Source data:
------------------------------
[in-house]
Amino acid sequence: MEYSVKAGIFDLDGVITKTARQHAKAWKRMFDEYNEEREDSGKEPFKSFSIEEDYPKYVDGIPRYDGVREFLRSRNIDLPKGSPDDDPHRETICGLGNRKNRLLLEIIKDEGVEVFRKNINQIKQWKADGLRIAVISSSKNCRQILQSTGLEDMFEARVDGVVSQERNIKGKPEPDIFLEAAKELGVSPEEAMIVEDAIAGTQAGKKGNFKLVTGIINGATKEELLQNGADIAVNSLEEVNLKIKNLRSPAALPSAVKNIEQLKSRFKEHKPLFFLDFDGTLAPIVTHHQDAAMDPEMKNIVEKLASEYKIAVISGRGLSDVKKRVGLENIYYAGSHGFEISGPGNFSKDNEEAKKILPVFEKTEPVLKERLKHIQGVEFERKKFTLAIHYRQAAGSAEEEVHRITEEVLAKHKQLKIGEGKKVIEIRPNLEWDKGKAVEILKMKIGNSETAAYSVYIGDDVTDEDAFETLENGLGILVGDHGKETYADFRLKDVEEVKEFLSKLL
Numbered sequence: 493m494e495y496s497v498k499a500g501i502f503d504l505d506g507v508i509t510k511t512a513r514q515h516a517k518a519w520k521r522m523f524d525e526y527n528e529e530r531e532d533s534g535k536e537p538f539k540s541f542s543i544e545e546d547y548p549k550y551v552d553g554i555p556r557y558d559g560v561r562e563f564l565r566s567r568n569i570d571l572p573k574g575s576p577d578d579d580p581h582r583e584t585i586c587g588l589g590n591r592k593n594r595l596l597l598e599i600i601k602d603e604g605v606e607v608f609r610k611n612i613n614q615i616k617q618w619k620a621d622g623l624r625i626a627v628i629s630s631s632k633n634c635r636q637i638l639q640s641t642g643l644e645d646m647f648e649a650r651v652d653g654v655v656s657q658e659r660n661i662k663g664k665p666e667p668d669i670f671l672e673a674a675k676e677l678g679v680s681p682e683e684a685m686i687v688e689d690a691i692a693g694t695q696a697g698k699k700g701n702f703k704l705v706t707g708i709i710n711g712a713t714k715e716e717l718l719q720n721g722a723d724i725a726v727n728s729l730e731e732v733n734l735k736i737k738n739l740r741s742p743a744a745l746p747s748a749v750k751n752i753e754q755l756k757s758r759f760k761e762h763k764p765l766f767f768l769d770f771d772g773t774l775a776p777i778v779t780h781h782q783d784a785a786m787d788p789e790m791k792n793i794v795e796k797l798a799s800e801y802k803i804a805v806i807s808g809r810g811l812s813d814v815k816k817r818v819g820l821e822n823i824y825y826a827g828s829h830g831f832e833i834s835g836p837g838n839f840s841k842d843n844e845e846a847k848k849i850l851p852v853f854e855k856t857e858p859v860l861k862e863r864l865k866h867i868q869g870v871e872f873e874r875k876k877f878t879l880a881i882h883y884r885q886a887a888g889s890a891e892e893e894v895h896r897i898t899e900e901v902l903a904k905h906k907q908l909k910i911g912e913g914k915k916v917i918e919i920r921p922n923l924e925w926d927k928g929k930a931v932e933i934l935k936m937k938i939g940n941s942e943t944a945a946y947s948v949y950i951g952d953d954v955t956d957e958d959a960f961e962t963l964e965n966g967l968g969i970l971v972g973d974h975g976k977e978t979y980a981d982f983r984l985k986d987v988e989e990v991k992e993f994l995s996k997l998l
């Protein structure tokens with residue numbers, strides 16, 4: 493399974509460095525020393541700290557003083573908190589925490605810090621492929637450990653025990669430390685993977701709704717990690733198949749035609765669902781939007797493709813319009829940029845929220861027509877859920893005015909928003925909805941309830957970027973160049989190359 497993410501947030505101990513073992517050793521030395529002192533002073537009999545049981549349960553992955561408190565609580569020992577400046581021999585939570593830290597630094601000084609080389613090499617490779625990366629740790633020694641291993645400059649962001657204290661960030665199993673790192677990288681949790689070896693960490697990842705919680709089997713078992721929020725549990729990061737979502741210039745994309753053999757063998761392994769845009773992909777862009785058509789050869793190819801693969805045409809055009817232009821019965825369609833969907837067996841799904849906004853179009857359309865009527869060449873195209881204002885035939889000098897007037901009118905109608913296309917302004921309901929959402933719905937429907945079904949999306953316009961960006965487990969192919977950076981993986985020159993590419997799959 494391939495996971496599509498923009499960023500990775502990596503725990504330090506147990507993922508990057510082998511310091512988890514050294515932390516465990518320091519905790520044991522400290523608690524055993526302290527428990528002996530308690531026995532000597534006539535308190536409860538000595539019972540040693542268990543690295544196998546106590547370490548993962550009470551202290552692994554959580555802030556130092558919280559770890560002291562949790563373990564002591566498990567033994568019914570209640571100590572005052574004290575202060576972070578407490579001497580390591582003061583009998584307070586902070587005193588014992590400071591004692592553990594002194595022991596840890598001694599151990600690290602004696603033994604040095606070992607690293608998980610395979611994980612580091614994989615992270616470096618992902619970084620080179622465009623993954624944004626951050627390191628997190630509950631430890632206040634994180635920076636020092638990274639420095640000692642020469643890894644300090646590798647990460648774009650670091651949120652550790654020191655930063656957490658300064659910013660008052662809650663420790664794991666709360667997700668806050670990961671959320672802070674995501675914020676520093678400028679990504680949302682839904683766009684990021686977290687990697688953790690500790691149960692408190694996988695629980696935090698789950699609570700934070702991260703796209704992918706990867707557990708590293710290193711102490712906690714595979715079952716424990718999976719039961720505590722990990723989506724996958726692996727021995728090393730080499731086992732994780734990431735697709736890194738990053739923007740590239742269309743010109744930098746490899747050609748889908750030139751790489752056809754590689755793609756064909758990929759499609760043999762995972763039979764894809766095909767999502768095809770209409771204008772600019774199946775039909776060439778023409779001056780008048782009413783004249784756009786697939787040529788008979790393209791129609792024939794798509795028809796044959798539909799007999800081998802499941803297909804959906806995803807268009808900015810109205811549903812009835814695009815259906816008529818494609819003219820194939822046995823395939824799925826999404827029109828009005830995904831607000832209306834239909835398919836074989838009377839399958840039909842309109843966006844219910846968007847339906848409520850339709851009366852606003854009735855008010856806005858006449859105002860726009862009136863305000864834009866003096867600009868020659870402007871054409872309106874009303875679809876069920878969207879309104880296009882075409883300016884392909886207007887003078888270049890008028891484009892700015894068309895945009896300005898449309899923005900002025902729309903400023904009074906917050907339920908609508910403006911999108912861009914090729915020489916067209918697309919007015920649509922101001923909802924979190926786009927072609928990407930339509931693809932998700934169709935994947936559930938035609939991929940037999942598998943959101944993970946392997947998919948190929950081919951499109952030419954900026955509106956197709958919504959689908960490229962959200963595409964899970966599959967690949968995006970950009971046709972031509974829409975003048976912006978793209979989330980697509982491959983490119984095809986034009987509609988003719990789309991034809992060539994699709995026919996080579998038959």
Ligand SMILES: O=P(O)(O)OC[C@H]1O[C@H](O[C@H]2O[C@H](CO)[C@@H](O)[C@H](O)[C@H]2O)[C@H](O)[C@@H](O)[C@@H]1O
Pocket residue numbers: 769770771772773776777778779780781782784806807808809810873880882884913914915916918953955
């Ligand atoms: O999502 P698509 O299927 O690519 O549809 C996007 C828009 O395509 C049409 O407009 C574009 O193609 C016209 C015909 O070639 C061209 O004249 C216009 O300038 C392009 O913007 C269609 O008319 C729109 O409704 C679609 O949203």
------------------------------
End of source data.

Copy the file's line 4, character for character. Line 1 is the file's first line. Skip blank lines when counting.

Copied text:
């Protein structure tokens with residue numbers, strides 16, 4: 493399974509460095525020393541700290557003083573908190589925490605810090621492929637450990653025990669430390685993977701709704717990690733198949749035609765669902781939007797493709813319009829940029845929220861027509877859920893005015909928003925909805941309830957970027973160049989190359 497993410501947030505101990513073992517050793521030395529002192533002073537009999545049981549349960553992955561408190565609580569020992577400046581021999585939570593830290597630094601000084609080389613090499617490779625990366629740790633020694641291993645400059649962001657204290661960030665199993673790192677990288681949790689070896693960490697990842705919680709089997713078992721929020725549990729990061737979502741210039745994309753053999757063998761392994769845009773992909777862009785058509789050869793190819801693969805045409809055009817232009821019965825369609833969907837067996841799904849906004853179009857359309865009527869060449873195209881204002885035939889000098897007037901009118905109608913296309917302004921309901929959402933719905937429907945079904949999306953316009961960006965487990969192919977950076981993986985020159993590419997799959 494391939495996971496599509498923009499960023500990775502990596503725990504330090506147990507993922508990057510082998511310091512988890514050294515932390516465990518320091519905790520044991522400290523608690524055993526302290527428990528002996530308690531026995532000597534006539535308190536409860538000595539019972540040693542268990543690295544196998546106590547370490548993962550009470551202290552692994554959580555802030556130092558919280559770890560002291562949790563373990564002591566498990567033994568019914570209640571100590572005052574004290575202060576972070578407490579001497580390591582003061583009998584307070586902070587005193588014992590400071591004692592553990594002194595022991596840890598001694599151990600690290602004696603033994604040095606070992607690293608998980610395979611994980612580091614994989615992270616470096618992902619970084620080179622465009623993954624944004626951050627390191628997190630509950631430890632206040634994180635920076636020092638990274639420095640000692642020469643890894644300090646590798647990460648774009650670091651949120652550790654020191655930063656957490658300064659910013660008052662809650663420790664794991666709360667997700668806050670990961671959320672802070674995501675914020676520093678400028679990504680949302682839904683766009684990021686977290687990697688953790690500790691149960692408190694996988695629980696935090698789950699609570700934070702991260703796209704992918706990867707557990708590293710290193711102490712906690714595979715079952716424990718999976719039961720505590722990990723989506724996958726692996727021995728090393730080499731086992732994780734990431735697709736890194738990053739923007740590239742269309743010109744930098746490899747050609748889908750030139751790489752056809754590689755793609756064909758990929759499609760043999762995972763039979764894809766095909767999502768095809770209409771204008772600019774199946775039909776060439778023409779001056780008048782009413783004249784756009786697939787040529788008979790393209791129609792024939794798509795028809796044959798539909799007999800081998802499941803297909804959906806995803807268009808900015810109205811549903812009835814695009815259906816008529818494609819003219820194939822046995823395939824799925826999404827029109828009005830995904831607000832209306834239909835398919836074989838009377839399958840039909842309109843966006844219910846968007847339906848409520850339709851009366852606003854009735855008010856806005858006449859105002860726009862009136863305000864834009866003096867600009868020659870402007871054409872309106874009303875679809876069920878969207879309104880296009882075409883300016884392909886207007887003078888270049890008028891484009892700015894068309895945009896300005898449309899923005900002025902729309903400023904009074906917050907339920908609508910403006911999108912861009914090729915020489916067209918697309919007015920649509922101001923909802924979190926786009927072609928990407930339509931693809932998700934169709935994947936559930938035609939991929940037999942598998943959101944993970946392997947998919948190929950081919951499109952030419954900026955509106956197709958919504959689908960490229962959200963595409964899970966599959967690949968995006970950009971046709972031509974829409975003048976912006978793209979989330980697509982491959983490119984095809986034009987509609988003719990789309991034809992060539994699709995026919996080579998038959």